It Takes Time and Experience to Find Your Leadership Voice

Your Leadership Compass

Note from Art: this post was prompted by a series of questions from some early-career professionals about the process of developing as a leader.

I’ll grant you that the concept of “Leader’s Voice” is a bit abstract. In my mind, it’s much more than the spoken-words or communication approach of a leader. I suppose “leadership style” is a close neighbor. Close, but not exact.

A leader’s voice is that combination of factors: presence, demeanor, attentiveness, engagement, decisiveness, approach, bedside manner, confidence, humility, genuineness and so much more.

As an early career leader, you have little depth or breadth in your leadership voice. You struggle or at least strive to be relevant to your team members and your organization, and many flail in the process.

Over time as you gain experience, learn and build confidence, a complex leadership personality begins to emerge.  This is what those around you will take as your style, but you know that it is much more than an outward fashion statement.  It’s who you are as a person that also happens to serve as a leader.

Learning to lead is for most a journey of discovery. For those just embarking on this journey, the early phase is filled with awkwardness, uncertainty and a great deal of excitement.  It’s like going to a new high-school where you don’t know the players and rules and cliques, except now you don’t just get to be an observer or a victim.  You’re that awkward kid with braces and out-of-fashion clothing, and your supposed to be in charge.

With the passing of time and the benefit of experience-both good and bad, your leadership voice begins to emerge and take shape.  If you are conscientious about your role and charter, this voice is characterized by the recognition that title is mostly meaningless and that you serve at the discretion of those that you lead.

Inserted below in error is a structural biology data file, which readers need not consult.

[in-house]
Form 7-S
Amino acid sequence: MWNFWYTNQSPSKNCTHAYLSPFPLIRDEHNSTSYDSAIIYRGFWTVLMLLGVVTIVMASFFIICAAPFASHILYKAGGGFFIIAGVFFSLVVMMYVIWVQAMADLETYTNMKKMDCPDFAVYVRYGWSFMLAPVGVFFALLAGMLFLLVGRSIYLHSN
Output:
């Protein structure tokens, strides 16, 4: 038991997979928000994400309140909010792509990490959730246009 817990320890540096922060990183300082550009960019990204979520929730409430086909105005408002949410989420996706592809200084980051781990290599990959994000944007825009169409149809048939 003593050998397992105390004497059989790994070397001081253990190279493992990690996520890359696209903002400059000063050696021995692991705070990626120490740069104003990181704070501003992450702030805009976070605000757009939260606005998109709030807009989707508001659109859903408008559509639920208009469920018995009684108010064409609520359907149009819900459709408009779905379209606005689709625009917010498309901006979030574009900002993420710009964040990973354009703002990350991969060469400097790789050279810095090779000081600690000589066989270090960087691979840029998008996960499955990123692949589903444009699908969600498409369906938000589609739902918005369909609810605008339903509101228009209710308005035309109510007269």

With the benefit of experience, your core leadership behaviors…supporting and helping, coaching and delivering feedback, and your ability to articulate vision and give it context through goal-setting and daily managing, all contribute to this deepening leadership voice.

In discussions with experienced leaders, I’ve heard many stories about that moment-in-time when they recognized that they finally were comfortable in their leadership skins. It’s usually a new leadership role, and the moment-in-time is characterized by a sense of calm that in spite of all of the unknowns, the way forward was clear.

I know my role, I understand how to use the tools of my trade and I am confident that I know how to gain the support and ultimately the commitment of the people around me,” was the description that one leader put on this moment-in-time recognition.

Another offered: “I’ve figured out how to get people involved, gain trust and provide help from day one in a new role.  People feed off of my confidence, and I work hard to make certain that it never crosses over to arrogance.“

These individuals have found their leadership voices.

The Bottom-Line for Now:

Don’t confuse the moment-in-time and this quiet confidence that I’m describing as sudden enlightenment…or as that point where learning ceases.  Developing as a leader happens in waves and it never stops. And for anyone that believes that they’ve mastered it, remember that pride goeth before the fall.

However, given experience and commitment to developing as a leadership professional, that point where you finally have found your leadership voice is the time where you are capable of elevating your game and creating the best results for yourself, your team and your organization.  It’s also when your ability to help others to find their own voices is most powerful.  Don’t squander this great opportunity.

Comments